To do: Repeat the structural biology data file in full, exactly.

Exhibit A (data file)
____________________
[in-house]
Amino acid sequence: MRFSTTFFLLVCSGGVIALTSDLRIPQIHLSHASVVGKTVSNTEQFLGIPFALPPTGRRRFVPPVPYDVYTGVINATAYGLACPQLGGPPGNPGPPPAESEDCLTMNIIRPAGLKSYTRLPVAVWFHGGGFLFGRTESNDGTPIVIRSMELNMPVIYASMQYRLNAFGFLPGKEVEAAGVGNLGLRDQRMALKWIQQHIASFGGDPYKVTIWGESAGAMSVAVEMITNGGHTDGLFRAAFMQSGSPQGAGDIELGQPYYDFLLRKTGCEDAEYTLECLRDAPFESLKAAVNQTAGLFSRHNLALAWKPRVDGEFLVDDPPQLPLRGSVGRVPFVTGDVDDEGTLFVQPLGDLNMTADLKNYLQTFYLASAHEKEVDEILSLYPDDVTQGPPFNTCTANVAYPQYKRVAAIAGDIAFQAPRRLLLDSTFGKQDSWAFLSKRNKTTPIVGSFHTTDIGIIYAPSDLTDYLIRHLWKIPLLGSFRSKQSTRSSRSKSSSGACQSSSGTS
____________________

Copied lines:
[in-house]
Amino acid sequence: MRFSTTFFLLVCSGGVIALTSDLRIPQIHLSHASVVGKTVSNTEQFLGIPFALPPTGRRRFVPPVPYDVYTGVINATAYGLACPQLGGPPGNPGPPPAESEDCLTMNIIRPAGLKSYTRLPVAVWFHGGGFLFGRTESNDGTPIVIRSMELNMPVIYASMQYRLNAFGFLPGKEVEAAGVGNLGLRDQRMALKWIQQHIASFGGDPYKVTIWGESAGAMSVAVEMITNGGHTDGLFRAAFMQSGSPQGAGDIELGQPYYDFLLRKTGCEDAEYTLECLRDAPFESLKAAVNQTAGLFSRHNLALAWKPRVDGEFLVDDPPQLPLRGSVGRVPFVTGDVDDEGTLFVQPLGDLNMTADLKNYLQTFYLASAHEKEVDEILSLYPDDVTQGPPFNTCTANVAYPQYKRVAAIAGDIAFQAPRRLLLDSTFGKQDSWAFLSKRNKTTPIVGSFHTTDIGIIYAPSDLTDYLIRHLWKIPLLGSFRSKQSTRSSRSKSSSGACQSSSGTS